The Complete Chess Course From Beginning To Winning Chess! (2016)
The Nine Bad Moves
Failing to Guard against Captures
Few mistakes can be more costly in chess than failing to guard against captures. A capture is often the turning point of a game; it may involve gaining a decisive advantage in material or, in some cases, a vastly superior position.
Sometimes a capture is bound up with a sacrificial combination, in which a piece of great value is given up for one of slight value. Such captures are naturally difficult to foresee. Much more common are those situations in which a capture is quite obvious.
Why are such captures overlooked? Probably because they turn up in positions that seem simple and routine; the player’s alertness is lulled; he forgets that almost every position in chess has some element of attack and threat. Positions that are simple on the surface will often turn out, on careful scrutiny, to contain a fantastic wealth of intricate details. If you can acquire the faith that almost every chess position, no matter how simple, has its share of tactical possibilities, you are well on the way to overcoming any tendency to overlook captures.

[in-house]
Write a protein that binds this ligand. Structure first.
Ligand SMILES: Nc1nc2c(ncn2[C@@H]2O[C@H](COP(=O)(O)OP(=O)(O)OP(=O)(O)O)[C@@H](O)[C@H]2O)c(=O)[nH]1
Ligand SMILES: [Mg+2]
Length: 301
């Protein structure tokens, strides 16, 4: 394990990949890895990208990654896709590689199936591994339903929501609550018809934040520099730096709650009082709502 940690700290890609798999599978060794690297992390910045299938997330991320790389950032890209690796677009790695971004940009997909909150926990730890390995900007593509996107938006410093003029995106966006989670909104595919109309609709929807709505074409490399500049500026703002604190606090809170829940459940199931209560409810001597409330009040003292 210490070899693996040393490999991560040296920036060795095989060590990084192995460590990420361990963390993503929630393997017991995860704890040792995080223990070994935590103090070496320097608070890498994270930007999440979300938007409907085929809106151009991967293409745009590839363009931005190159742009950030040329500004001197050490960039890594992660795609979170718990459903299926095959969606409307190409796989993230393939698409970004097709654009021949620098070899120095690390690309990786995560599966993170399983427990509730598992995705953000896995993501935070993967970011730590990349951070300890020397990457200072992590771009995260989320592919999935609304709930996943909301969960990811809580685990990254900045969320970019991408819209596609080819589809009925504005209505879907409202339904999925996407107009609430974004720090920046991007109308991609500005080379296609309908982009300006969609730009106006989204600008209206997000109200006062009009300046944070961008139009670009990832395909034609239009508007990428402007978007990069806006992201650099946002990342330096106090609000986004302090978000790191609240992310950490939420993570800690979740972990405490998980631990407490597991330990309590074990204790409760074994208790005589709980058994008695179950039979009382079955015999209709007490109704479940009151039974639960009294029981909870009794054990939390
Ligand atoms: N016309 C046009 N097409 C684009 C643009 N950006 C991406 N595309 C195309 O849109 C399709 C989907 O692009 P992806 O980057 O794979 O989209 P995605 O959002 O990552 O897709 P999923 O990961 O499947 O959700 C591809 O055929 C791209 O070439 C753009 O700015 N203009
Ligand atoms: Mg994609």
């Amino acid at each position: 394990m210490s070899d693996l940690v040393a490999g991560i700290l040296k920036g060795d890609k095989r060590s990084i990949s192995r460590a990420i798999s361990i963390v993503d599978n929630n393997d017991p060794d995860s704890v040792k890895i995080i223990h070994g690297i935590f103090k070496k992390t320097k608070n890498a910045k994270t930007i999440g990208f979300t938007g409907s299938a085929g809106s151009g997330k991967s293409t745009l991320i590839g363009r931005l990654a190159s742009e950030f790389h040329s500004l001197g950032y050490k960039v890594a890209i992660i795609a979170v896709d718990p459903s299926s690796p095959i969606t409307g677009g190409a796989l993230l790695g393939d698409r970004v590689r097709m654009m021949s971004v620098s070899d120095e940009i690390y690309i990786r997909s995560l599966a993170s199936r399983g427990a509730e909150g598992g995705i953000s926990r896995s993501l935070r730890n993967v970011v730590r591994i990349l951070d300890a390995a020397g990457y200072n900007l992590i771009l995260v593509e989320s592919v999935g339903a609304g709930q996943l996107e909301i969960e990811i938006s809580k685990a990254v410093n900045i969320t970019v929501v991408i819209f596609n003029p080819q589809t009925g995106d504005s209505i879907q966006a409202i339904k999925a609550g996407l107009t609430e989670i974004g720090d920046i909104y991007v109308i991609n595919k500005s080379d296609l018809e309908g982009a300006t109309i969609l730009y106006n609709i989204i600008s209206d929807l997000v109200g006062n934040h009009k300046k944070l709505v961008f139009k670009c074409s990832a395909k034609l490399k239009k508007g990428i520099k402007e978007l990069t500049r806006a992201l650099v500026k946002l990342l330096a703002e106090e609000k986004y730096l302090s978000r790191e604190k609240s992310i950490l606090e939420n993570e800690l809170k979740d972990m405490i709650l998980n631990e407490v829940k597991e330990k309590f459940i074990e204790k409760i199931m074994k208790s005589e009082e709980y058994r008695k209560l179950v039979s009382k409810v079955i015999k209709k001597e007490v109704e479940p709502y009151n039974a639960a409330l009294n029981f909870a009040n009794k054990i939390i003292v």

In the next game, Black overlooks a deadly capture that checkmates him on the 13th move. “Who would have dreamt that it was possible?” is the wondering comment of most chessplayers. Well, the player who saw and executed this combination certainly dreamt it was possible. Whether he found the combination by logical reasoning or by a flash of “inspiration,” his example is one that we should imitate. (D)
White to move
Without bothering to look very deeply into the position, White snaps at a loose pawn. It is curious that he fails to see the crushing though obvious reply. This kind of slip often occurs in positions that look too “simple” to require careful appraisal and calculation.
This blunder converts a probably drawn position into immediate loss for White.
The chances are that White expected 1…Ne3? in reply. In that event, 2.Rxd8??? allows 2…Qg2#, while 2.Bxe3 is answered by 2…Rxd1+ winning the exchange. However, White has 2.Qh5+ Ke7 3.Bxe3 winning a piece.
But in reply to 1.Qxh7?? Black has a devastating alternative:
If now 2.Rxd8??? Qg2#. Or 2.gxf4 Rxd1+ and White loses his bishop as well.
After 1…Nxf4!!, White resigned. The real finesse of this move lies in the fact that it renders Qh5+ impossible for White, leaving him without a defense. (D)